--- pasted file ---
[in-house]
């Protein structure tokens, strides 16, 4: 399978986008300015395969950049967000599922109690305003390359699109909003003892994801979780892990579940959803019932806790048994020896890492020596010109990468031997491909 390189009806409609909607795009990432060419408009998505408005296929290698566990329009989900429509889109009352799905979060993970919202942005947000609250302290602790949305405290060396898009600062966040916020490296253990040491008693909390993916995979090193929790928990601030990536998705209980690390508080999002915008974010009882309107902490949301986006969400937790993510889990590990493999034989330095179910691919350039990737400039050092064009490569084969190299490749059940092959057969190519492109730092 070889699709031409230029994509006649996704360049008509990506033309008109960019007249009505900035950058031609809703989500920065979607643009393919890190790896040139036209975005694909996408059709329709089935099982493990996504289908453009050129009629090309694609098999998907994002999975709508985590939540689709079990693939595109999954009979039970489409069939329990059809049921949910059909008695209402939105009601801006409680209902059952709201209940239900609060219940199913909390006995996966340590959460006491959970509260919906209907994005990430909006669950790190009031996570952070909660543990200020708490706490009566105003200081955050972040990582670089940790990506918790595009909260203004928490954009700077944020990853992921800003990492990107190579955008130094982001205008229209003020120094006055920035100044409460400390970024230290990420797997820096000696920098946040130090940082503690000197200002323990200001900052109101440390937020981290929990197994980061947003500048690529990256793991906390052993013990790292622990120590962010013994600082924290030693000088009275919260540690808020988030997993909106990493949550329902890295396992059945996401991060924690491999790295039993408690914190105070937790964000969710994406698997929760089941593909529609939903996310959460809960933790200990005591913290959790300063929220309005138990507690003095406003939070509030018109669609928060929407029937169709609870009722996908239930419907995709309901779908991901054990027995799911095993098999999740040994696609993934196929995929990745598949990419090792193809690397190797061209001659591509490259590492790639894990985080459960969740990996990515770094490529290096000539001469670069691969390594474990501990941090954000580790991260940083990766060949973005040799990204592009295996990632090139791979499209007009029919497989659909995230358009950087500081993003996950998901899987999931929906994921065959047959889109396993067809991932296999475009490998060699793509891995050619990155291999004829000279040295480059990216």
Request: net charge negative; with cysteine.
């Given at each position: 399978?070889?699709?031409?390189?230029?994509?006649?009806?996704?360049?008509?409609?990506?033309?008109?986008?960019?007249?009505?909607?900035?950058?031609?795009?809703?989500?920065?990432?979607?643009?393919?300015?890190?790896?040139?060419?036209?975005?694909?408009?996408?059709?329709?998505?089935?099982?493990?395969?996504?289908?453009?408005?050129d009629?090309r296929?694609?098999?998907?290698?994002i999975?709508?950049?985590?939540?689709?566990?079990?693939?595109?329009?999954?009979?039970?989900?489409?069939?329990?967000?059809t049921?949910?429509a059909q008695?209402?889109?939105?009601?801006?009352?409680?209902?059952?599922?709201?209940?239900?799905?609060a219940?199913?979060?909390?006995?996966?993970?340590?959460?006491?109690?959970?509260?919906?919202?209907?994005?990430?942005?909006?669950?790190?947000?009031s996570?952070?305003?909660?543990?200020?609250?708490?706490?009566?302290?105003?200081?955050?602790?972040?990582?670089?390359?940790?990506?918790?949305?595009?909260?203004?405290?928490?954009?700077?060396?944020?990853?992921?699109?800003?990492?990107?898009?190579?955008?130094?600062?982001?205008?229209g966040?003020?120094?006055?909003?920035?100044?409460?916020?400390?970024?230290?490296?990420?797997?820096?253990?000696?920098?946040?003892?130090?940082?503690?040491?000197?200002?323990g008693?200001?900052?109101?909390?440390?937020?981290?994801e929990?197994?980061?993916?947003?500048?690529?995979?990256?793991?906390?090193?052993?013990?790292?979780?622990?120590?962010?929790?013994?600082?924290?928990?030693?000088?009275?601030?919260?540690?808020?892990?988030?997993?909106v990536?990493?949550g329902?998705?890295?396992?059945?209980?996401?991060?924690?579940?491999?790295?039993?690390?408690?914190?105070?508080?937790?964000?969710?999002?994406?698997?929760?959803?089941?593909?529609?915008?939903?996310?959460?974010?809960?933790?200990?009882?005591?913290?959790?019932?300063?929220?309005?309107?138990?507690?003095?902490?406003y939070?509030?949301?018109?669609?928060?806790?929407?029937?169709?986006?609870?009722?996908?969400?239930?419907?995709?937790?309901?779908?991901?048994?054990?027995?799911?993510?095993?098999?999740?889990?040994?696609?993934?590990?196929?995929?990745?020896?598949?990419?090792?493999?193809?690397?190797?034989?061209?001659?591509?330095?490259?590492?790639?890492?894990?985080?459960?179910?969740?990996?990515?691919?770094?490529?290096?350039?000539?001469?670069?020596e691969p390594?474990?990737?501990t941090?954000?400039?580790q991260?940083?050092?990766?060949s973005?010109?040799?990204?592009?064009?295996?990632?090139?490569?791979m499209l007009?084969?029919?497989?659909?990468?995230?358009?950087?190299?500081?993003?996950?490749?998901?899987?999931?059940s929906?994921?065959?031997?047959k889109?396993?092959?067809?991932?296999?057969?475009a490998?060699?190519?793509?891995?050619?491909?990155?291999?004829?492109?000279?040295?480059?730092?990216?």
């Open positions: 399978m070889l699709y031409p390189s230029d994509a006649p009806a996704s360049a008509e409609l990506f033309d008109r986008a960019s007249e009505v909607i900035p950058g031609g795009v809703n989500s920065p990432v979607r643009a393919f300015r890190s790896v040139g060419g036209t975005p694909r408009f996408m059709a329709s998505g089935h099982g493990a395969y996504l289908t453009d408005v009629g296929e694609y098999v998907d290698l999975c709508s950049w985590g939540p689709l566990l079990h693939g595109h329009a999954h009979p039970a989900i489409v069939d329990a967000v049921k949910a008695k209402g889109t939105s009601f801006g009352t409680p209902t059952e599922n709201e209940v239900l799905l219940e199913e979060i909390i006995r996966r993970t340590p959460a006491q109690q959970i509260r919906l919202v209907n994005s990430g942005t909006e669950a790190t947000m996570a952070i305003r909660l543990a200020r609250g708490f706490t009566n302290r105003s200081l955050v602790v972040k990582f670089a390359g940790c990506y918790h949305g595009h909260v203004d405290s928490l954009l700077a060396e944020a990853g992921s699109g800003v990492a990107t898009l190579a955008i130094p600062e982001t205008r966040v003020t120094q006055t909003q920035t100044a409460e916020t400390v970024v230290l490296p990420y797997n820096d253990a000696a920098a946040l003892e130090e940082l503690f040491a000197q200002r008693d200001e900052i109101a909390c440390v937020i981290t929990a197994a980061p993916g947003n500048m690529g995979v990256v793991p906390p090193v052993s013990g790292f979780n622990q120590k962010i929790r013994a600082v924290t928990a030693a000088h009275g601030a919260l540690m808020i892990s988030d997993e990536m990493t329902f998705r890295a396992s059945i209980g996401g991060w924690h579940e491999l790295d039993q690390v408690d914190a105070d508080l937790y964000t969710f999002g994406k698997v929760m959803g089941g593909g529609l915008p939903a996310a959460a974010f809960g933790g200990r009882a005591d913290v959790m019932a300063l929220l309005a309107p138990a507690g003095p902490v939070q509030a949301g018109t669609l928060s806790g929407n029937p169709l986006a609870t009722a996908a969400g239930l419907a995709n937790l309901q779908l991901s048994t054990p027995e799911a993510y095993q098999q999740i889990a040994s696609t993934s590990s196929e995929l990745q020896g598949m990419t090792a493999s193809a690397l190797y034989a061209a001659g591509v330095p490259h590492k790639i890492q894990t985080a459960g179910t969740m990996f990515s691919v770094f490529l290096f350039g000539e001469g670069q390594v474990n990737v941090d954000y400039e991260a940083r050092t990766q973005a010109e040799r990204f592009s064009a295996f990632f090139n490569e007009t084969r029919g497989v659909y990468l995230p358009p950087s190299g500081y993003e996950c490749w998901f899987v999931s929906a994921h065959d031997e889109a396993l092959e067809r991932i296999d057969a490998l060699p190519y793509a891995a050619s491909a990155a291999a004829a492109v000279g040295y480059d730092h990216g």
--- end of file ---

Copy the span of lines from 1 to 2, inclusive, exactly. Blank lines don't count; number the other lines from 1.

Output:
[in-house]
């Protein structure tokens, strides 16, 4: 399978986008300015395969950049967000599922109690305003390359699109909003003892994801979780892990579940959803019932806790048994020896890492020596010109990468031997491909 390189009806409609909607795009990432060419408009998505408005296929290698566990329009989900429509889109009352799905979060993970919202942005947000609250302290602790949305405290060396898009600062966040916020490296253990040491008693909390993916995979090193929790928990601030990536998705209980690390508080999002915008974010009882309107902490949301986006969400937790993510889990590990493999034989330095179910691919350039990737400039050092064009490569084969190299490749059940092959057969190519492109730092 070889699709031409230029994509006649996704360049008509990506033309008109960019007249009505900035950058031609809703989500920065979607643009393919890190790896040139036209975005694909996408059709329709089935099982493990996504289908453009050129009629090309694609098999998907994002999975709508985590939540689709079990693939595109999954009979039970489409069939329990059809049921949910059909008695209402939105009601801006409680209902059952709201209940239900609060219940199913909390006995996966340590959460006491959970509260919906209907994005990430909006669950790190009031996570952070909660543990200020708490706490009566105003200081955050972040990582670089940790990506918790595009909260203004928490954009700077944020990853992921800003990492990107190579955008130094982001205008229209003020120094006055920035100044409460400390970024230290990420797997820096000696920098946040130090940082503690000197200002323990200001900052109101440390937020981290929990197994980061947003500048690529990256793991906390052993013990790292622990120590962010013994600082924290030693000088009275919260540690808020988030997993909106990493949550329902890295396992059945996401991060924690491999790295039993408690914190105070937790964000969710994406698997929760089941593909529609939903996310959460809960933790200990005591913290959790300063929220309005138990507690003095406003939070509030018109669609928060929407029937169709609870009722996908239930419907995709309901779908991901054990027995799911095993098999999740040994696609993934196929995929990745598949990419090792193809690397190797061209001659591509490259590492790639894990985080459960969740990996990515770094490529290096000539001469670069691969390594474990501990941090954000580790991260940083990766060949973005040799990204592009295996990632090139791979499209007009029919497989659909995230358009950087500081993003996950998901899987999931929906994921065959047959889109396993067809991932296999475009490998060699793509891995050619990155291999004829000279040295480059990216």